The Silver Line is expected to cost nearly $6 billion. Yet virtually every statewide elected official, plus Northern Virginia’s congressmen — Republicans and Democrats — have supported it. Everyone, that is, except Mr. Cuccinelli.
The Democratic candidate for governor, Terry McAuliffe, made an issue of Mr. Cuccinelli’s obstructionism the other day, citing his stated hope, in 2011, that Loudoun County, one of the line’s funding partners, would withdraw from the project and “kill” it. (In response, Mr. Cuccinelli’s campaign tried to confuse the issue, suggesting the Silver Line is some sort of giveaway to labor interests, which it isn’t.)
Loudoun’s all-Republican board of supervisors stayed the course, ignoring Mr. Cuccinelli for the sound reason that the county is likely to reap a $25 billion windfall from the extension, according to Stephen Fuller, a respected economist who heads George Mason University’s Center for Regional Analysis.
Were it up to Mr. Cuccinelli, the state would never have raised an additional dime for transportation. His position — that any new funding for roads and rails should be cannibalized from other parts of Virginia’s budget — would have meant taking money from schools, police departments, parks, the mentally ill and dozens of other core government services. It was a political non-starter, but it was Mr. Cuccinelli’s only proposal.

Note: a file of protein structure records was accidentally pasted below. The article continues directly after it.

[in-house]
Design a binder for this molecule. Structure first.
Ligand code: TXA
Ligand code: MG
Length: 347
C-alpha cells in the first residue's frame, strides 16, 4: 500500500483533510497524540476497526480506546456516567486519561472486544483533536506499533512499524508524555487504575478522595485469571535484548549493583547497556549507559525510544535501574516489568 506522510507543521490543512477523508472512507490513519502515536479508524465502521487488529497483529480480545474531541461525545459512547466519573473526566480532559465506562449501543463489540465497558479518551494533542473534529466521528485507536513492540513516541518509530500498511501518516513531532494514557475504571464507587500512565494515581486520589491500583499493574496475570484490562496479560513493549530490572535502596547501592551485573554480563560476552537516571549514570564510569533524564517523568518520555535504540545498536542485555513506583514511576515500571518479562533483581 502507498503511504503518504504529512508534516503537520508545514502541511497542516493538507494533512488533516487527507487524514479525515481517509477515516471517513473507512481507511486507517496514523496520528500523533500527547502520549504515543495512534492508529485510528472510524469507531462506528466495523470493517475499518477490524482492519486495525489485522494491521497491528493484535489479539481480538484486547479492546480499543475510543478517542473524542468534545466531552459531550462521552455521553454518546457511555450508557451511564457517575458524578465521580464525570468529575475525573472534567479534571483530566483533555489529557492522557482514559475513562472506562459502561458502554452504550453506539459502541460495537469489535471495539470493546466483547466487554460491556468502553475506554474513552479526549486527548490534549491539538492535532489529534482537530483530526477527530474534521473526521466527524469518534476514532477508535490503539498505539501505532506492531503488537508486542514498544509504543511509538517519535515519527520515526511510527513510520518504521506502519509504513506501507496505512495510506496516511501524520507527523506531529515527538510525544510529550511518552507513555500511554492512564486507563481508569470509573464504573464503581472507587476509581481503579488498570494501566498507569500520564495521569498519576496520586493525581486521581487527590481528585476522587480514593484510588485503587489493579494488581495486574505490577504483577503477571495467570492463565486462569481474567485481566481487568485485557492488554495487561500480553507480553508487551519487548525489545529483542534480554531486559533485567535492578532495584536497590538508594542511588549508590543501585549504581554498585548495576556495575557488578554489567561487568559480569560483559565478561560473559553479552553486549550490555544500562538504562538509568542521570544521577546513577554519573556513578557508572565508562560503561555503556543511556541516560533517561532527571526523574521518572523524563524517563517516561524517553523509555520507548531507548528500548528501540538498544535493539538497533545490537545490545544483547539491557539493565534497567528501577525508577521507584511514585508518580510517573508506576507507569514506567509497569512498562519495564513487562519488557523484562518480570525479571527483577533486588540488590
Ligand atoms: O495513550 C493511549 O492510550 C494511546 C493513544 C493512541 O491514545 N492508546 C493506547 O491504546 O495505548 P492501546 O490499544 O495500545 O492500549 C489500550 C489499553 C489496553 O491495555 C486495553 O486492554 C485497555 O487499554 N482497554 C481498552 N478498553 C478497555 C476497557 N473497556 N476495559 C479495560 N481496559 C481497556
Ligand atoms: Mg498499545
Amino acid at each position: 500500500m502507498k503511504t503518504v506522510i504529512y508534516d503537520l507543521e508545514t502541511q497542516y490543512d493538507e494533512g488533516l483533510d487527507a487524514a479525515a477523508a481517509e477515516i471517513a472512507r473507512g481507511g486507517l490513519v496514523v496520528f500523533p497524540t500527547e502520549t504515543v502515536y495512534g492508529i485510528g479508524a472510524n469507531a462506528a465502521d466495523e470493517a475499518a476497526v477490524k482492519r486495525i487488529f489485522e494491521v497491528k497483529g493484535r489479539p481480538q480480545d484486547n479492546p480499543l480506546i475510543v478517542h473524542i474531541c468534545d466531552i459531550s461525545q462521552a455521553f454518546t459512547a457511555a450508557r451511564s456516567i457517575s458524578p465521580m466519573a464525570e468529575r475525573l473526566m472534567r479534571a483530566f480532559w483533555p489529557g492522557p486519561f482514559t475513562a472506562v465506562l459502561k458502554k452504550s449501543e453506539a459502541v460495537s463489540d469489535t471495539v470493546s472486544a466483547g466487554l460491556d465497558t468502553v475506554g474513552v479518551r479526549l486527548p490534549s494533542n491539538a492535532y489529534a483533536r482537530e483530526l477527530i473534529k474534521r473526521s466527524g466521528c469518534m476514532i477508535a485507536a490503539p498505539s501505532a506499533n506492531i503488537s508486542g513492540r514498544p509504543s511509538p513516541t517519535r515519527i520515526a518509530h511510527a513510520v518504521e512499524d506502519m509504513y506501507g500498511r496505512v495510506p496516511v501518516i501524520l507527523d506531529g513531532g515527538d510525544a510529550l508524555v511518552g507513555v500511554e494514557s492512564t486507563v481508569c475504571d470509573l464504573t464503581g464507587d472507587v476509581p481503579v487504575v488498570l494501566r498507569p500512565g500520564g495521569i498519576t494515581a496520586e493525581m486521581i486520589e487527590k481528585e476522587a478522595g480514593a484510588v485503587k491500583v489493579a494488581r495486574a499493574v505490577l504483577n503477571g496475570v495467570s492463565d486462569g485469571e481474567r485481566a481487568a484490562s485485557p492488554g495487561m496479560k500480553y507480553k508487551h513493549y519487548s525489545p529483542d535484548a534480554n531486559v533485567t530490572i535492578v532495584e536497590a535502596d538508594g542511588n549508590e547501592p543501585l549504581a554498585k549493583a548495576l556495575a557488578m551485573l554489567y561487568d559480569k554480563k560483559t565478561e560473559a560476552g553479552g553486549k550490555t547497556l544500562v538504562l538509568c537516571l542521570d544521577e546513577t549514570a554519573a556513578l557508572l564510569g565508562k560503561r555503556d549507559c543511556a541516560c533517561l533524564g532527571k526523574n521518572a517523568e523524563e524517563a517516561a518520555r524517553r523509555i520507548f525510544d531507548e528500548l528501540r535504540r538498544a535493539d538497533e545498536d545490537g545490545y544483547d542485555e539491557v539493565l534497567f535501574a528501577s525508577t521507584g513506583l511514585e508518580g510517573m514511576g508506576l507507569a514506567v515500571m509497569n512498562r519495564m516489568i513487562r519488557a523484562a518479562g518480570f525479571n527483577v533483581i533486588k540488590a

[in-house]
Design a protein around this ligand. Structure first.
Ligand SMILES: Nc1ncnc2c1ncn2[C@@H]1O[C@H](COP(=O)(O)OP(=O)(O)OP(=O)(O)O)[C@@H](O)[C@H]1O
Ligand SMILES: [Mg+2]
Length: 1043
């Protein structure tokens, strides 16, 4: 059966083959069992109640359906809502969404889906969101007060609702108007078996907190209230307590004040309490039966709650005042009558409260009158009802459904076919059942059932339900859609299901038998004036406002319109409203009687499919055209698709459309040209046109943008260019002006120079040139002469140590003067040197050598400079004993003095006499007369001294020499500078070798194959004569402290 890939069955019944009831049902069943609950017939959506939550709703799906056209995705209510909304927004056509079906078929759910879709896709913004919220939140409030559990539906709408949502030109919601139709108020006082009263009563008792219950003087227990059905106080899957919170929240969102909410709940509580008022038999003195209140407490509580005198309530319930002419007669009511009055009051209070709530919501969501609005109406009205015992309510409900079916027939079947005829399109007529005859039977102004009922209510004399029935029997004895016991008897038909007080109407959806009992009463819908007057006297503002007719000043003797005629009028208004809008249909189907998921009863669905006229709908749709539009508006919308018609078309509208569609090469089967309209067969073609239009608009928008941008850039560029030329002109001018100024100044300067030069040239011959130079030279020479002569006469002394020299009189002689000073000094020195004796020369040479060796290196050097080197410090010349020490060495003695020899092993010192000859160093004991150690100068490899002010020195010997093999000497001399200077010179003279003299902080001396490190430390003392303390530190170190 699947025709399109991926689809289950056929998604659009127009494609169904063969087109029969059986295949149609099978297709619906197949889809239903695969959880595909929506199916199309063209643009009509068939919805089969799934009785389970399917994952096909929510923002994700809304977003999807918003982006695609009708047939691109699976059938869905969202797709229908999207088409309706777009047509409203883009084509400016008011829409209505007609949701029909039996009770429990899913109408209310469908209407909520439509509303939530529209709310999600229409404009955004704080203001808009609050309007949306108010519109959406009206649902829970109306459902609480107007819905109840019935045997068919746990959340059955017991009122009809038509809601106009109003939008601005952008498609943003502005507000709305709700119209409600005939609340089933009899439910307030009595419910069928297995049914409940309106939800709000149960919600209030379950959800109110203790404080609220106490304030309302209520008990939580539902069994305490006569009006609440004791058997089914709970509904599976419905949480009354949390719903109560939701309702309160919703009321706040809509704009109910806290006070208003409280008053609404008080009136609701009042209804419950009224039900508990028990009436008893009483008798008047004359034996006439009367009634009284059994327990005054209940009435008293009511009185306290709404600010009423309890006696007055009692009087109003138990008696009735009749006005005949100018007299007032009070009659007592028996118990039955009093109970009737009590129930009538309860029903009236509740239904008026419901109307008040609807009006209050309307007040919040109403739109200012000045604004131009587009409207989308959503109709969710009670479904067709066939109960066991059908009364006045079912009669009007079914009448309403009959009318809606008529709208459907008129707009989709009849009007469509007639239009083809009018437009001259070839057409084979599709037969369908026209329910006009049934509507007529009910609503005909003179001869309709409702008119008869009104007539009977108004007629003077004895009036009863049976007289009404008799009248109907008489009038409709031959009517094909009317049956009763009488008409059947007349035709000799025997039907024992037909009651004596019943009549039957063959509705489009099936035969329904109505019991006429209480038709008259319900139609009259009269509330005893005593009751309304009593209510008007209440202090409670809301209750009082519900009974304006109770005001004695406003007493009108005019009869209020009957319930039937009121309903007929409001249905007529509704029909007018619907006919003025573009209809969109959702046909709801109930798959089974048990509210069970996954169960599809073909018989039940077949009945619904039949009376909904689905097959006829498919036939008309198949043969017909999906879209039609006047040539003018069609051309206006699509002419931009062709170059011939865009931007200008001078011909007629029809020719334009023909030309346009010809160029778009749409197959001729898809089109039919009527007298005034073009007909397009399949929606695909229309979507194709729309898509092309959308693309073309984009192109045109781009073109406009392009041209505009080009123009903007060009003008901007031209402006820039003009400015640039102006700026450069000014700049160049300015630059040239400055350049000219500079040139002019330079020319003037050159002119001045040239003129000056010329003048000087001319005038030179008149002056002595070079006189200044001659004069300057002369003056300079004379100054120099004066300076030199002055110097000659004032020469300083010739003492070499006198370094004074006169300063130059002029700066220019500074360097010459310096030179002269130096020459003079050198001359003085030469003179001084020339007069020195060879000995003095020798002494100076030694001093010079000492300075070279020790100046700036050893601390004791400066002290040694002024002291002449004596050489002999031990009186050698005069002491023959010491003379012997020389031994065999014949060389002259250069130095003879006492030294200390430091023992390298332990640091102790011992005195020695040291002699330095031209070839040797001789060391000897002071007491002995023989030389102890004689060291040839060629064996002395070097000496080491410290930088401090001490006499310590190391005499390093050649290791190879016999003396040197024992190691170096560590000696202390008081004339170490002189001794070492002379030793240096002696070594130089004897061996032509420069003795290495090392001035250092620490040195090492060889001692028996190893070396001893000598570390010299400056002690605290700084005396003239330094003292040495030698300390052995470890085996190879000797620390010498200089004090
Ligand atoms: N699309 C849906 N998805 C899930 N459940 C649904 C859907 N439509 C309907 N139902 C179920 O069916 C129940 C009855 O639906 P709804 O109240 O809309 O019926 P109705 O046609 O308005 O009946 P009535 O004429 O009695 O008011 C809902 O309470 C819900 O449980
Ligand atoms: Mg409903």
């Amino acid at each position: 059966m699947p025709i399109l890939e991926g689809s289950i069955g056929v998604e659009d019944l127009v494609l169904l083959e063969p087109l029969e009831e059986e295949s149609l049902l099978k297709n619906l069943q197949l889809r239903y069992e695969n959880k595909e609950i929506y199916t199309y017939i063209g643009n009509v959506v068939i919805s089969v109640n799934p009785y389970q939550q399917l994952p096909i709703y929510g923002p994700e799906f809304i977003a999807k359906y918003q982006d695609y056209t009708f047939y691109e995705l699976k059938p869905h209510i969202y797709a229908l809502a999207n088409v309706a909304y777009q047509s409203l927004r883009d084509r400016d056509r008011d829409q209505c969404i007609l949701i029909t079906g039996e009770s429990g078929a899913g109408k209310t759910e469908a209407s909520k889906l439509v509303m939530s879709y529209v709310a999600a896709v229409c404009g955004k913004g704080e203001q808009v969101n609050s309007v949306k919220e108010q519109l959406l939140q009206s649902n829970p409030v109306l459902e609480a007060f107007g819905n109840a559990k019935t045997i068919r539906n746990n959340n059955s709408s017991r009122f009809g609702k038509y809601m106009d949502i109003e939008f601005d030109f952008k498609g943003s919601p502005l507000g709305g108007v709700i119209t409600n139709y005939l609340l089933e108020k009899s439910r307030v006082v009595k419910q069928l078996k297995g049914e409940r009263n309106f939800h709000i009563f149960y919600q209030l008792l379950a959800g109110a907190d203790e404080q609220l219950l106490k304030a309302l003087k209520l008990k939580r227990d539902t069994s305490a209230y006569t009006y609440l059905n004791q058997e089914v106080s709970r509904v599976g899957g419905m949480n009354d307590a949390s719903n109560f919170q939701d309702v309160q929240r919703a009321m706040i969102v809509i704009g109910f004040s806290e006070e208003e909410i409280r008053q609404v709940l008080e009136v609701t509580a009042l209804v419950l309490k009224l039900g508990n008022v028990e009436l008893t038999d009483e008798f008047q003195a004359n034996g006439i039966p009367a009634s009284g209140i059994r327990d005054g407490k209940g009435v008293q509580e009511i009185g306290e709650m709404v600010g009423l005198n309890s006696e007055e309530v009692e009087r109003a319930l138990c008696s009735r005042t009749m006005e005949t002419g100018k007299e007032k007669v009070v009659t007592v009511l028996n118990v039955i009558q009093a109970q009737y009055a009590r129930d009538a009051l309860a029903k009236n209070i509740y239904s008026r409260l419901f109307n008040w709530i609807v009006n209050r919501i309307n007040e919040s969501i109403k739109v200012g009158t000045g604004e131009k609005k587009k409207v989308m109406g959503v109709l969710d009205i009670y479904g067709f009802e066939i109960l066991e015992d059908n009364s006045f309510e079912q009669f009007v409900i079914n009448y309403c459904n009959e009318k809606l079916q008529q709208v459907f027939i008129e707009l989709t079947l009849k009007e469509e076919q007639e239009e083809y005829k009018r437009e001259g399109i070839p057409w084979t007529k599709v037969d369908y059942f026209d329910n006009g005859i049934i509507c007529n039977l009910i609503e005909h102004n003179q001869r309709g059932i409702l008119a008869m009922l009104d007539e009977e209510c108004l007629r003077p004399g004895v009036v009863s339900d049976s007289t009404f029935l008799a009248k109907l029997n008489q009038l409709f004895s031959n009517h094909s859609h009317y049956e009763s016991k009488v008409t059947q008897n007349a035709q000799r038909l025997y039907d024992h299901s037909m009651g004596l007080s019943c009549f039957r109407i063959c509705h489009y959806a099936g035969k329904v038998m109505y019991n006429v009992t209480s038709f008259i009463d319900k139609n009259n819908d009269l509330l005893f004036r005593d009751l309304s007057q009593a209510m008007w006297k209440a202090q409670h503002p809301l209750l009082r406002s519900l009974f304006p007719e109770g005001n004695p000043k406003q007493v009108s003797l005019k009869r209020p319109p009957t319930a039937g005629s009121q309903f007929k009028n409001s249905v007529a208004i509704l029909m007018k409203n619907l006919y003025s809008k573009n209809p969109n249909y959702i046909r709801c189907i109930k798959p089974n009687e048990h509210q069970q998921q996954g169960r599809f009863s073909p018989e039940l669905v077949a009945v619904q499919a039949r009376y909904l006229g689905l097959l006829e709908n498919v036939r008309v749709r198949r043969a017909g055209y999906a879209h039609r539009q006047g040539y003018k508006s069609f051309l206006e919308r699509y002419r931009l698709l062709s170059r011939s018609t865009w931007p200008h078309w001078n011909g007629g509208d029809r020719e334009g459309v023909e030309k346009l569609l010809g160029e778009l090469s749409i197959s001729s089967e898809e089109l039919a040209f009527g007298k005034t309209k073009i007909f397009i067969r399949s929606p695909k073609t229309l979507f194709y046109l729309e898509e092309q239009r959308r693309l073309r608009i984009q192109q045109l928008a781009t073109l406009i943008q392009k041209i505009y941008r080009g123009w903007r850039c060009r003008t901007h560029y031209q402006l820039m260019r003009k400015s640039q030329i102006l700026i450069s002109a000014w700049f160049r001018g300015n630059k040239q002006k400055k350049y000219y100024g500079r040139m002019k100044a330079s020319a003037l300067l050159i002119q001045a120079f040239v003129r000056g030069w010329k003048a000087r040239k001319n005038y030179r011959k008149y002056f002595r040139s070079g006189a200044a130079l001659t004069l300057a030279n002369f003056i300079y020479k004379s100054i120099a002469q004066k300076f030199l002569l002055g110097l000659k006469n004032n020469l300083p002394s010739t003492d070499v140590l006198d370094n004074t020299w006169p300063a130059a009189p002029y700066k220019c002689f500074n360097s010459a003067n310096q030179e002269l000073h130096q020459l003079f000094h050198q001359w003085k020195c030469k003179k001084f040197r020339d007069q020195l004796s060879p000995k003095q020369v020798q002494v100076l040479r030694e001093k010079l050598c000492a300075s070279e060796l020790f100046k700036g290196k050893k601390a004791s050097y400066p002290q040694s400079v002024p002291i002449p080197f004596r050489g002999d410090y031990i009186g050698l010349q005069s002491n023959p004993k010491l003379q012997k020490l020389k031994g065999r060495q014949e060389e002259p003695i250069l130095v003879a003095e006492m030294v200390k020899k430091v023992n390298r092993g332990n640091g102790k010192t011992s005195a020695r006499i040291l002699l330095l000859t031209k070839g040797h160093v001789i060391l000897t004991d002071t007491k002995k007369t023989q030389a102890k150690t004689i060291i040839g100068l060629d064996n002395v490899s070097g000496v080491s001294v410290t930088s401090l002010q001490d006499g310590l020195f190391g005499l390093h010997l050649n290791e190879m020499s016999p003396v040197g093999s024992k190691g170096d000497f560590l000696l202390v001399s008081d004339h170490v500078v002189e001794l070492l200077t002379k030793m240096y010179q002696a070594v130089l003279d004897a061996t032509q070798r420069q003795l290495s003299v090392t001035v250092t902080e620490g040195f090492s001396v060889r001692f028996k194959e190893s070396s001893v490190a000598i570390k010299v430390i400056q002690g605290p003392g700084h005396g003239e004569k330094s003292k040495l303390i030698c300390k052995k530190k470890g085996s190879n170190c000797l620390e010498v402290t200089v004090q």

At times, Mr. Cuccinelli has said he regards bus rapid transit — dedicated bus lanes with frequent service — as a preferable option to the Silver Line. But virtually no one believes that BRT could rival Metro as an engine for economic growth, let alone as a catalyst for the revitalization of Tysons Corner.
Similarly, in the same breath as he dismisses the Silver Line as a “boondoggle,” Mr. Cuccinelli suggests that local governments be given more leeway to devise their own transportation solutions. But he neglects to mention what means he would devise for localities to generate revenue to do so. In Mr. Cuccinelli’s transportation policy, ideology trumps practicality and Virginia’s long-term prospects — like the daily lives of its commuters — are a secondary priority.